Silanna UV Launches Far UV-C, Deep UV-C Series

Silanna UV, Brisbane, Australia, has announced new far UV-C and deep UV-C LEDs that take advantage of the company’s patented short period superlattice (SPSL) technology for industry-leading performance in the difficult-to-obtain 230 to 265 nm UV range – including the highest output power in any mass-produced UV LED at 235 nm.

The far UV-C 235 nm SF1 series and deep UV-C 255 nm SN3 series are available in either 120-degree or 30-degree viewing angle SMD packages, making them ideal for a wide range of tasks. The 30-degree package’s parabolic lens provides greater irradiance than even traditional UV lamps. Both the SF1 and SN3 series boast low power consumption and have exceptional operating lifetimes. These new LEDs offer the perfect solution for various deep UV and far UV use cases such as sterilization, water and gas sensing, and instrumentation applications. The 235 nm peak wavelength SF1 series comprises the 120-degree view angle (SF1-3C3FWL1), and the 30-degree (SF1-3U8P3L1). These far UV LEDs are effective for water quality detection of nitrate (NO3) and nitrite (NO2), gas detection and high-performance liquid chromatography (HPLC).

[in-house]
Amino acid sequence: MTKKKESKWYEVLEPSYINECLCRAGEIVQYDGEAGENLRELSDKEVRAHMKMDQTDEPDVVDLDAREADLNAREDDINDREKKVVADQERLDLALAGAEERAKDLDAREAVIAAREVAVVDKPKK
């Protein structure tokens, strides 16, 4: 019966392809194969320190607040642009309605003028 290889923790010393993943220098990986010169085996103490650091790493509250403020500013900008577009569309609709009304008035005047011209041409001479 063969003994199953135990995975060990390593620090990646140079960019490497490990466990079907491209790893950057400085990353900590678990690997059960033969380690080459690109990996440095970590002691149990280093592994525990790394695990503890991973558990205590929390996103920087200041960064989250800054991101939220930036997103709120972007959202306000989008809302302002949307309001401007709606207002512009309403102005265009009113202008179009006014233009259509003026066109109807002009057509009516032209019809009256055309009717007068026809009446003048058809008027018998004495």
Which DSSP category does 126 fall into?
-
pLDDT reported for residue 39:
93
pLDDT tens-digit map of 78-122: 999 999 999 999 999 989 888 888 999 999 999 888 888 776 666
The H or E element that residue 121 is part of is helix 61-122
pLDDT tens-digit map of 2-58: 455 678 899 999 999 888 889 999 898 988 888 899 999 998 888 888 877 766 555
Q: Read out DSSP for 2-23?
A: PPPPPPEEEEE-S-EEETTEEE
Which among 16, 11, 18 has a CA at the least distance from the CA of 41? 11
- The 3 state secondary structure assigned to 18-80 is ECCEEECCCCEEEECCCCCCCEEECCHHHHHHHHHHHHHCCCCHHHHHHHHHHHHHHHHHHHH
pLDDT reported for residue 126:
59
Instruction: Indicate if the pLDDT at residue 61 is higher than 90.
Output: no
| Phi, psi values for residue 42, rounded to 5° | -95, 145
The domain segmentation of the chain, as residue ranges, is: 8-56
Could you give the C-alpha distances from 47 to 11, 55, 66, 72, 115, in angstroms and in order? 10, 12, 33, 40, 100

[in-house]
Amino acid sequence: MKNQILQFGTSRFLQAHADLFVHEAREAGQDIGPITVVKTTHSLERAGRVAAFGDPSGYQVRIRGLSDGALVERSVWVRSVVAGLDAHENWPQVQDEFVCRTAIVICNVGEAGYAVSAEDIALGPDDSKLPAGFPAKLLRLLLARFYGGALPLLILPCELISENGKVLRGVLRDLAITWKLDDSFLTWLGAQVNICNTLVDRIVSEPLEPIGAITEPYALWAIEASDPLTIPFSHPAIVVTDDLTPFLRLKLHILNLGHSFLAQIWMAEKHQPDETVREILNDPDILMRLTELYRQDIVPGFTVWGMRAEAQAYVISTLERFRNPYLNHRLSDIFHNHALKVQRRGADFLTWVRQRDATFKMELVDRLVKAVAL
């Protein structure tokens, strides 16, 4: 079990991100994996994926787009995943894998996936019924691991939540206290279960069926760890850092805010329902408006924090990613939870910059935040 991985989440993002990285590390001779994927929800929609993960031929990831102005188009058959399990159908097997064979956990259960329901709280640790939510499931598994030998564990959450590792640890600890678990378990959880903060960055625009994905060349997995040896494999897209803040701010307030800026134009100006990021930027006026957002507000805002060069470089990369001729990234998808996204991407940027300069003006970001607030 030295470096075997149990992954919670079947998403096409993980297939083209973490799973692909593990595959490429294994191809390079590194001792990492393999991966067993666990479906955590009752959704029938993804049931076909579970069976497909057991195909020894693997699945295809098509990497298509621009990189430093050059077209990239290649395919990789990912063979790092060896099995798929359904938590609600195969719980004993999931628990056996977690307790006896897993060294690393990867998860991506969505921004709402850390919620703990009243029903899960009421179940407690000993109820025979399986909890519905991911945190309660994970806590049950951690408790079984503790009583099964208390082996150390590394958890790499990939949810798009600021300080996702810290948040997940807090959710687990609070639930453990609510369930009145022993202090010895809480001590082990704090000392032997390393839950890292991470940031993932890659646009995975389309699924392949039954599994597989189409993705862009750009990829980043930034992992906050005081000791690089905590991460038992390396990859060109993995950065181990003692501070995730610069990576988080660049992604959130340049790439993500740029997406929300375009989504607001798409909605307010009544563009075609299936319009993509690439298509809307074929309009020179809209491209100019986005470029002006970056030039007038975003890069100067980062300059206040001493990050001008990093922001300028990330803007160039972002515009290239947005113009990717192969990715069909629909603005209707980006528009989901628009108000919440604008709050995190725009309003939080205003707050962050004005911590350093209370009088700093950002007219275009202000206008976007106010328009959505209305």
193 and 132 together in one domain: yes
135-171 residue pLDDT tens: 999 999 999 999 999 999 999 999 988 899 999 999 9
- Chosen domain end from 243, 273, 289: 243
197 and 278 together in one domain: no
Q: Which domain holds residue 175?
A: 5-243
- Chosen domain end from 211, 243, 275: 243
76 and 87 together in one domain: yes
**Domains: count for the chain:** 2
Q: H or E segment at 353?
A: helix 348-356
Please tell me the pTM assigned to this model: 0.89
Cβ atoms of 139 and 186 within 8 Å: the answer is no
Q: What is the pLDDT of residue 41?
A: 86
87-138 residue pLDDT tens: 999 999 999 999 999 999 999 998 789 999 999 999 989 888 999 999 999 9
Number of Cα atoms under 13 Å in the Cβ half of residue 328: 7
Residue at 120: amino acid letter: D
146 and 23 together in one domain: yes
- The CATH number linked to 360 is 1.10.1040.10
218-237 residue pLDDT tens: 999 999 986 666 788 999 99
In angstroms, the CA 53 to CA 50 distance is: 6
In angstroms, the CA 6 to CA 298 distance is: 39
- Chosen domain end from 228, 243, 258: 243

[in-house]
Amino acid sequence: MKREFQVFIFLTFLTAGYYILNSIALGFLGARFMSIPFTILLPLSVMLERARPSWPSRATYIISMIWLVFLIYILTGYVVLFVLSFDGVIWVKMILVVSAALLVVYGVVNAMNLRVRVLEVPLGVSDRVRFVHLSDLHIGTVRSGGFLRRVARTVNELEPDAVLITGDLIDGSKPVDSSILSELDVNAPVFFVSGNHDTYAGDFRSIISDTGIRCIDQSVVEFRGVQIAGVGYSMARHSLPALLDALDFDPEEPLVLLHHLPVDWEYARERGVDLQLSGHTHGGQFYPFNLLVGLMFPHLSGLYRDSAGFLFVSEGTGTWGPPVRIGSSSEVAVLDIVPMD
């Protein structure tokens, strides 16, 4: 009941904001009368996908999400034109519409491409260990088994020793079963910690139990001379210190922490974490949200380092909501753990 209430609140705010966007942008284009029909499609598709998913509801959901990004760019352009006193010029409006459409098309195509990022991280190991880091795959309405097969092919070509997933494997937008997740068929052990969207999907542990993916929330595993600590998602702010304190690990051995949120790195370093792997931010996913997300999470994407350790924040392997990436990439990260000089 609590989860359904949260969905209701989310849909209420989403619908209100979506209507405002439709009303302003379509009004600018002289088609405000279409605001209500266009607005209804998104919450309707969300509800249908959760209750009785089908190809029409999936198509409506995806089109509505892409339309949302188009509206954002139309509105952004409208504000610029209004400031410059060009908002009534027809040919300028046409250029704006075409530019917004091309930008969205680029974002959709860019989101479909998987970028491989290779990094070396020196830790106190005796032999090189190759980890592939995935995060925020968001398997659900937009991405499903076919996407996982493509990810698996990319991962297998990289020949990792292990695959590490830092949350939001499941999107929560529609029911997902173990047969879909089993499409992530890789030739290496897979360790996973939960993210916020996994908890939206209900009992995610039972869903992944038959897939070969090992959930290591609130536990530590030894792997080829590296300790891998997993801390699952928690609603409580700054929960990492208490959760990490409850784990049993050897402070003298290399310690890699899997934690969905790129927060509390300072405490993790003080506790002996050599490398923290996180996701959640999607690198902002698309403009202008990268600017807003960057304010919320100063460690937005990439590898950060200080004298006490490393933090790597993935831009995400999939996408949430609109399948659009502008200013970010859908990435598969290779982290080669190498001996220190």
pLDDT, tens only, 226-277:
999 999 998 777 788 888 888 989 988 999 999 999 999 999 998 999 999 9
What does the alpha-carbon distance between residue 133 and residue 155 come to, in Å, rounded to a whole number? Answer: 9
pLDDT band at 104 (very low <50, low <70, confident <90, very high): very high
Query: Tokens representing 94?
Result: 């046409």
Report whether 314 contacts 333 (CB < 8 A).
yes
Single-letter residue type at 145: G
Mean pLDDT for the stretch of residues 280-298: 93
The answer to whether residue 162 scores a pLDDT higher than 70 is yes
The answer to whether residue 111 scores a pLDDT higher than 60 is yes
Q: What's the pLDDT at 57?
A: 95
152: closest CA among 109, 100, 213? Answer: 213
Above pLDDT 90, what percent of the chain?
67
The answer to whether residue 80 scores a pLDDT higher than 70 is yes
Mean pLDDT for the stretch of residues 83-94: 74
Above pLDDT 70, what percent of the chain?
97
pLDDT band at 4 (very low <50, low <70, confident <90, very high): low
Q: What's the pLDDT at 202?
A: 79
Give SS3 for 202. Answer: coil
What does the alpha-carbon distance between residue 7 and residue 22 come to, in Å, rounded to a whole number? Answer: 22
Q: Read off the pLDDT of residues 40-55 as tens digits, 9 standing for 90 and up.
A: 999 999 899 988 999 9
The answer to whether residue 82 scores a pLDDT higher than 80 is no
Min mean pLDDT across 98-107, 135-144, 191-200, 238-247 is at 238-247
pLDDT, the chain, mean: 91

Silanna’s 255 nm deep UV-C SN3 series is ideal for water quality applications, including UV254 organic compound sensors, chemical oxygen demand monitoring and measurement of suspended solids. Other application of the SN3 series are ozone gas (O3) detectors and medical analyzers. Both 120-degree (SN3-5C3FWL1) and 30-degree (SN3-5U8P3L1) package versions are available. The 30-degree collimated source design of the SN3-5U8P3L1 package offers higher irradiance for enhanced resolution in sensing applications. Silanna UV’s groundbreaking patented SPSL approach overcomes many of the difficulties that plague competing AlGaN UV-C LED technologies.

By engineering a nanostructure from alternating layers of AlN and GaN, Silanna UV has developed a new material that is easier to control. Silanna’s SPSL mitigates several issues that AlGaN has for short wavelength LEDs – in particular, the older method’s poor light extraction and electrical performance.

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